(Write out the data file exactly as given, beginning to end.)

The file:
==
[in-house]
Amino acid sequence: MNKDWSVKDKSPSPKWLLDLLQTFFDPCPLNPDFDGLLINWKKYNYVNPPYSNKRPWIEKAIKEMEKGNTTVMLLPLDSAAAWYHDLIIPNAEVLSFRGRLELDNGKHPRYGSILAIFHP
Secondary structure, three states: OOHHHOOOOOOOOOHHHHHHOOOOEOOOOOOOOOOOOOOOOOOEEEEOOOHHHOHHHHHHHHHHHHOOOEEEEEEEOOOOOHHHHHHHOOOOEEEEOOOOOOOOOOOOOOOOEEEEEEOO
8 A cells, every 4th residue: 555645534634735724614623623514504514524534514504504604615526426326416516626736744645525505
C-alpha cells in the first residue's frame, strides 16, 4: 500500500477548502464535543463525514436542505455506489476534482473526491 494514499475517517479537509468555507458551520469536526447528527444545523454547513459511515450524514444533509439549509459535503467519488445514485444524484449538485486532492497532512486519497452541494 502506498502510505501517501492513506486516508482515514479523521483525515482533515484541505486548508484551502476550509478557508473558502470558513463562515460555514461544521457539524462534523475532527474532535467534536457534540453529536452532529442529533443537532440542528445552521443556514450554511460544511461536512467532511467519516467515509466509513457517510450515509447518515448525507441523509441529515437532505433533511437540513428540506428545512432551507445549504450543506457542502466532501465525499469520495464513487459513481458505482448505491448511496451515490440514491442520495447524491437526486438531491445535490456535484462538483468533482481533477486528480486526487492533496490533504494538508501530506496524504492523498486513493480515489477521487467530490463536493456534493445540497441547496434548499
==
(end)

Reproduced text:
[in-house]
Amino acid sequence: MNKDWSVKDKSPSPKWLLDLLQTFFDPCPLNPDFDGLLINWKKYNYVNPPYSNKRPWIEKAIKEMEKGNTTVMLLPLDSAAAWYHDLIIPNAEVLSFRGRLELDNGKHPRYGSILAIFHP
Secondary structure, three states: OOHHHOOOOOOOOOHHHHHHOOOOEOOOOOOOOOOOOOOOOOOEEEEOOOHHHOHHHHHHHHHHHHOOOEEEEEEEOOOOOHHHHHHHOOOOEEEEOOOOOOOOOOOOOOOOEEEEEEOO
8 A cells, every 4th residue: 555645534634735724614623623514504514524534514504504604615526426326416516626736744645525505
C-alpha cells in the first residue's frame, strides 16, 4: 500500500477548502464535543463525514436542505455506489476534482473526491 494514499475517517479537509468555507458551520469536526447528527444545523454547513459511515450524514444533509439549509459535503467519488445514485444524484449538485486532492497532512486519497452541494 502506498502510505501517501492513506486516508482515514479523521483525515482533515484541505486548508484551502476550509478557508473558502470558513463562515460555514461544521457539524462534523475532527474532535467534536457534540453529536452532529442529533443537532440542528445552521443556514450554511460544511461536512467532511467519516467515509466509513457517510450515509447518515448525507441523509441529515437532505433533511437540513428540506428545512432551507445549504450543506457542502466532501465525499469520495464513487459513481458505482448505491448511496451515490440514491442520495447524491437526486438531491445535490456535484462538483468533482481533477486528480486526487492533496490533504494538508501530506496524504492523498486513493480515489477521487467530490463536493456534493445540497441547496434548499